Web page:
The troops were intrigued by his presence, a welcome break from the monotony and adrenaline of their lives, and Quilty said he met “quiet, sensitive and normal” people.

The major question for Quilty, who shirks simplistic labels like “pacifist” or “anti-war” but was terrified as a young man about the prospect of conscription, was “why”.

“They're 18 and they look like they can't even shave, (you want to ask) 'does your mum know what you're doing? What are you doing here?'”.

Some were following the family tradition, others were attracted to the emphasis on fitness, physicality and hierarchy, or had flunked school and saw military service as more respected and better paid than learning a trade.

It was a sensitive topic - they spoke freely about the sounds a wounded man made, about watching a comrade die or suffer horrific injuries, but the why was something they couldn't, or wouldn't explain.

“They've just got to get through this experience,” he said. “A lot of them wanted to get out, but they don't talk about that, there's no way they want their friends to hear that. It's destructive, you've got to keep your shit together for everyone.”

The pressure can boil over - once Quilty saw an all-in brawl break out over a hockey game in Kandahar and he was warned to stay away from the American quarters, where women walked around “wearing bra tops with M16s slung across their shoulders, the guys have tattoos and big chains and M16s and sidearms”.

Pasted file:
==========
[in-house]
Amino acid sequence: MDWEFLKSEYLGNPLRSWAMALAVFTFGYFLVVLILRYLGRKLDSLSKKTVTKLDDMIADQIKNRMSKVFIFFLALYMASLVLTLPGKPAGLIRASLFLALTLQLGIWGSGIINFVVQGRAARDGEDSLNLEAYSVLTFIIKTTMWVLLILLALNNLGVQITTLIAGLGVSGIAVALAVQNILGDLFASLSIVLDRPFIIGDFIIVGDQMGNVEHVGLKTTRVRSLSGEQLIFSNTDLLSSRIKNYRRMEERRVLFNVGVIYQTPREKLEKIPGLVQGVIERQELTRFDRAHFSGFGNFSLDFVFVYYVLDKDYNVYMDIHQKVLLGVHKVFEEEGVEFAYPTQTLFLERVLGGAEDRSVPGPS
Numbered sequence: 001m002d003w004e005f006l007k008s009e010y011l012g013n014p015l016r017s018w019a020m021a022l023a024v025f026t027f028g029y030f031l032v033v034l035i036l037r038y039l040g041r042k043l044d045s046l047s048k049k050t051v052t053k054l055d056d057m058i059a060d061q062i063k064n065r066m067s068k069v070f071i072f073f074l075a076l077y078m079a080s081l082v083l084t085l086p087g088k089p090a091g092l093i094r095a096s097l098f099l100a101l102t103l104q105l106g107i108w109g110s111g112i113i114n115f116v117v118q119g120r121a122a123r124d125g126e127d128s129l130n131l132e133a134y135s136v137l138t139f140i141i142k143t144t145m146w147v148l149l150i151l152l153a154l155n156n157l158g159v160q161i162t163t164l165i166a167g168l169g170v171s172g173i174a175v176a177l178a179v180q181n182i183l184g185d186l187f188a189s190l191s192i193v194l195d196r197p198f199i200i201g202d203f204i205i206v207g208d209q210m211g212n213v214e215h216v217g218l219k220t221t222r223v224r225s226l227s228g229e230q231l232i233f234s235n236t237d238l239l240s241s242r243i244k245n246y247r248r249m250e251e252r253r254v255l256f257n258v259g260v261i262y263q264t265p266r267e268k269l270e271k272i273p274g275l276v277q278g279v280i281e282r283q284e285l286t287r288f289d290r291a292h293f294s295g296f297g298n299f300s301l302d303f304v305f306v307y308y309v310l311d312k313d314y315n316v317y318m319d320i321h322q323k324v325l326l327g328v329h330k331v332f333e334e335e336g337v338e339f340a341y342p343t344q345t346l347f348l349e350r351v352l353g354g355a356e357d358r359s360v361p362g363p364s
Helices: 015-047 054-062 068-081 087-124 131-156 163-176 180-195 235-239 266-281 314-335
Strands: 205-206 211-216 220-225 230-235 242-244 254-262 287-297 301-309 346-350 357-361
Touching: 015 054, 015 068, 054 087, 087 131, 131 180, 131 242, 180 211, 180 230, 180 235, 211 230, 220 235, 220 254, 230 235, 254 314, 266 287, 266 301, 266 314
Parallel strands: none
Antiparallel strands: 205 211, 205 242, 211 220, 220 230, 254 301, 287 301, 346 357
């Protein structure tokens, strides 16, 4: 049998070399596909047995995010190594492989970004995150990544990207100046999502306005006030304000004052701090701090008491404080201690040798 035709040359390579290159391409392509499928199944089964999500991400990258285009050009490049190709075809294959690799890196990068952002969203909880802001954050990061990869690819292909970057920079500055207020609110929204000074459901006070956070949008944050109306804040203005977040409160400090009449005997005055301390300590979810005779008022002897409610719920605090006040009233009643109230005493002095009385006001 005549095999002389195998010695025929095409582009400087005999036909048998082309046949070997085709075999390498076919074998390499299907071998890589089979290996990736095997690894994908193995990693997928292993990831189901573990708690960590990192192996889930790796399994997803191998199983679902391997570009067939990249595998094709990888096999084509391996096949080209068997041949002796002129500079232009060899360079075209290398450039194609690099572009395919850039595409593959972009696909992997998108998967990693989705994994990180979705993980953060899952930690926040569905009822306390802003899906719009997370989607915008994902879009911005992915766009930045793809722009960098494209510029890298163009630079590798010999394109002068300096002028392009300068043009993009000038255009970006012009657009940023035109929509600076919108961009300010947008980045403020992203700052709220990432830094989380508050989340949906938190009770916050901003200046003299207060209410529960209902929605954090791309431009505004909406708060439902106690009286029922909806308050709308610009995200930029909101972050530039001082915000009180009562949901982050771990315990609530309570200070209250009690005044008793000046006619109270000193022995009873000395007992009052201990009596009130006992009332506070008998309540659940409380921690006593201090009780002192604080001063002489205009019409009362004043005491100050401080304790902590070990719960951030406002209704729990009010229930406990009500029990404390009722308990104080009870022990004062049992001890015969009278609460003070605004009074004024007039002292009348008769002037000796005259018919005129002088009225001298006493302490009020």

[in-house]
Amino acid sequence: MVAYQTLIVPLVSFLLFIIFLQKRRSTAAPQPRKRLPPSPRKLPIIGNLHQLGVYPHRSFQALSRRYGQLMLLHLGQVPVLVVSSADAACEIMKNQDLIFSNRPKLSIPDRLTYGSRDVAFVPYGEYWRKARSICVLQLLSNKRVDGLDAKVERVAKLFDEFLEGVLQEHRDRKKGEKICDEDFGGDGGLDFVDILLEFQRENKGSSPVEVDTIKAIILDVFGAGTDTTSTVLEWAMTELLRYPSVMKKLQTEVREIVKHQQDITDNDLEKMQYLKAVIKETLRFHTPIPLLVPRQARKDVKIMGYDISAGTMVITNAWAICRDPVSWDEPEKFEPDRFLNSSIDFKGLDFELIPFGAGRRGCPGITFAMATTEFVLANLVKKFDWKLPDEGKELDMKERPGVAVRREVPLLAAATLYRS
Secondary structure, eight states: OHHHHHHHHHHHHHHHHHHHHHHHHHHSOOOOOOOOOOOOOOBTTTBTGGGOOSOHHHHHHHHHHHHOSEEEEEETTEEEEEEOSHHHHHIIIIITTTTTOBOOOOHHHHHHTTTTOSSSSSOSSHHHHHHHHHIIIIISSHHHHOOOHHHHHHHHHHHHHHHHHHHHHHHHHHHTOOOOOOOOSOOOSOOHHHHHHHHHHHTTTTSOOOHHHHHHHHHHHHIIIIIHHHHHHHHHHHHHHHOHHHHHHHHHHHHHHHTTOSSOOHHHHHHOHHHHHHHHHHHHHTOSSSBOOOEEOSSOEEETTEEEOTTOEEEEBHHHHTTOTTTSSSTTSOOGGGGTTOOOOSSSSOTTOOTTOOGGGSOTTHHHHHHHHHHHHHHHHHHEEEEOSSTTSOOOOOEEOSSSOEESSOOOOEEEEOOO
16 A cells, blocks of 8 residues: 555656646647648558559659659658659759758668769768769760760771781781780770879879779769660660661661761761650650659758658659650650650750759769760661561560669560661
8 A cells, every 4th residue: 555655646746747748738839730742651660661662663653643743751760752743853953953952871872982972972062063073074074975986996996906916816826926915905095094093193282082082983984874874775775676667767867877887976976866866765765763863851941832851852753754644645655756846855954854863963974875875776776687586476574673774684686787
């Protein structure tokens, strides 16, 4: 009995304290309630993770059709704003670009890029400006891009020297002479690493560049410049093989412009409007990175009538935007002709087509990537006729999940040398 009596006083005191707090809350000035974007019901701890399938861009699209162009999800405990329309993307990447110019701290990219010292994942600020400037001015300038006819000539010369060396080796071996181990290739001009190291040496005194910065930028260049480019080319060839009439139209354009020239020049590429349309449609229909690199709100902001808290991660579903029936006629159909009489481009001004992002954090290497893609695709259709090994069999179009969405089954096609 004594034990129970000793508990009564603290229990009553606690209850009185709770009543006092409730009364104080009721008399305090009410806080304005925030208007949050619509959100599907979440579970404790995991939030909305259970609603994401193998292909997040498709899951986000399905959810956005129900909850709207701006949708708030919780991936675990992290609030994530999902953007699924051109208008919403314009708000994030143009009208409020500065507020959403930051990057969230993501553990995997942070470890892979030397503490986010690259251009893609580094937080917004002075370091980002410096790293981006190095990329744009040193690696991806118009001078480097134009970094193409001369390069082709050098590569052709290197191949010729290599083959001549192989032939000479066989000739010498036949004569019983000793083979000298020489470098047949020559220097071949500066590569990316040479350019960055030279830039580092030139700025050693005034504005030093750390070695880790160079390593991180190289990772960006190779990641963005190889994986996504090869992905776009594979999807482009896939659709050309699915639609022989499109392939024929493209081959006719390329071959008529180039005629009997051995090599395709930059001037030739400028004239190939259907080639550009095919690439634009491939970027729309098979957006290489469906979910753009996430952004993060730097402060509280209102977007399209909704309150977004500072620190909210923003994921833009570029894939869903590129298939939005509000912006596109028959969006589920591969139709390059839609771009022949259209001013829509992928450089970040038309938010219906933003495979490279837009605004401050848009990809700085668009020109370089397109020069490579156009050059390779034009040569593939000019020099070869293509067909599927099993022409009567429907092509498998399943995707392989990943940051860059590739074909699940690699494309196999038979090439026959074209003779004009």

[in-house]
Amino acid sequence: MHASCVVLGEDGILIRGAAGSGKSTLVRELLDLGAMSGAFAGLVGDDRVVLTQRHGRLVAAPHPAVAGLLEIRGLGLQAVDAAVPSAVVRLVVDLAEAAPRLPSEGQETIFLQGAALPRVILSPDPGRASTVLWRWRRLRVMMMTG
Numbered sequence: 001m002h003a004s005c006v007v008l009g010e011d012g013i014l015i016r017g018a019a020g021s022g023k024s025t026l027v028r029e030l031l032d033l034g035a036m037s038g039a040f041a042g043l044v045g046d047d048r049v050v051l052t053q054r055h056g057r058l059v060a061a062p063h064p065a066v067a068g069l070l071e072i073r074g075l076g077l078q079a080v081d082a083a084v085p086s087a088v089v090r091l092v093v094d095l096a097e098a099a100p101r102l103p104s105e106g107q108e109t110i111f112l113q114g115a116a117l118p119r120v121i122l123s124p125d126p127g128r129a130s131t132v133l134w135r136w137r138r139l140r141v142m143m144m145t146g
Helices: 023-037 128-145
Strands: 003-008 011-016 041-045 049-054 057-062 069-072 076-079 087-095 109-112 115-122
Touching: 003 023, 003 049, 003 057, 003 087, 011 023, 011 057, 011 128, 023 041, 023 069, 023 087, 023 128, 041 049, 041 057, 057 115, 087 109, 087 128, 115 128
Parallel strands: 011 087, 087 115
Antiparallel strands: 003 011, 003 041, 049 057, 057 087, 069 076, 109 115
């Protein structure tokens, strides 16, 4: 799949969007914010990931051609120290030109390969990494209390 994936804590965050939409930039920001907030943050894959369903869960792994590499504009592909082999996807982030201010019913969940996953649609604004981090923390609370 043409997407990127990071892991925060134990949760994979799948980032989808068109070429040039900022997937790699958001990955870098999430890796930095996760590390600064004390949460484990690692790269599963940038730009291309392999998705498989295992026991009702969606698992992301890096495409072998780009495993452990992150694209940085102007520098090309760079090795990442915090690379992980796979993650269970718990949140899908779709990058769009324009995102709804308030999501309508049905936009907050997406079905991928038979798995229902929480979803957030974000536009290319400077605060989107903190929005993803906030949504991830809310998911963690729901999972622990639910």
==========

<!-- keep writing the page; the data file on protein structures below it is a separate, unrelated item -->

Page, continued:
There were also profound moments: special forces soldiers doing a yoga class, farewelling a patrol with a priest's blessing of the trucks at 3:00 am.

“It's one of the most moving things I've seen, the men climb in very quiet, very concentrated, and drive off into the desert,” he said. “Every time you see someone drive through those gates you wonder if they're going to come back.”

Once back in Australia Quilty said he found it difficult to reconnect with the experience and asked some of the men and women if they would come to his rural studio and sit for him.Bleak, stirring tales emerged.

“It was impossible to make a bad painting of those people. They're unbelievably powerful subjects, broken sometimes,” he said.

Several of the men have been diagnosed with post traumatic stress disorder; Quilty spoke to their psychiatrists to ensure he was doing the right thing by asking them to relive the events that scarred them so deeply.

“All of them said yes, it's been a really positive thing in an otherwise bleak year for these guys,” he said.

Quilty was surprised by how philosophical the troops were: “The literature they're reading in Afghanistan predominantly is about the strategies of withdrawing from war and how wars end successfully,” he said.

There was a particular conversation in the mess one evening that stayed with him.

“One of them said ‘War follows politics’ and a much older man said ‘No, you’re wrong, politics follows war,’” said Quilty.

“It’s the extremity of human nature and there has to be participants, and they’re it.”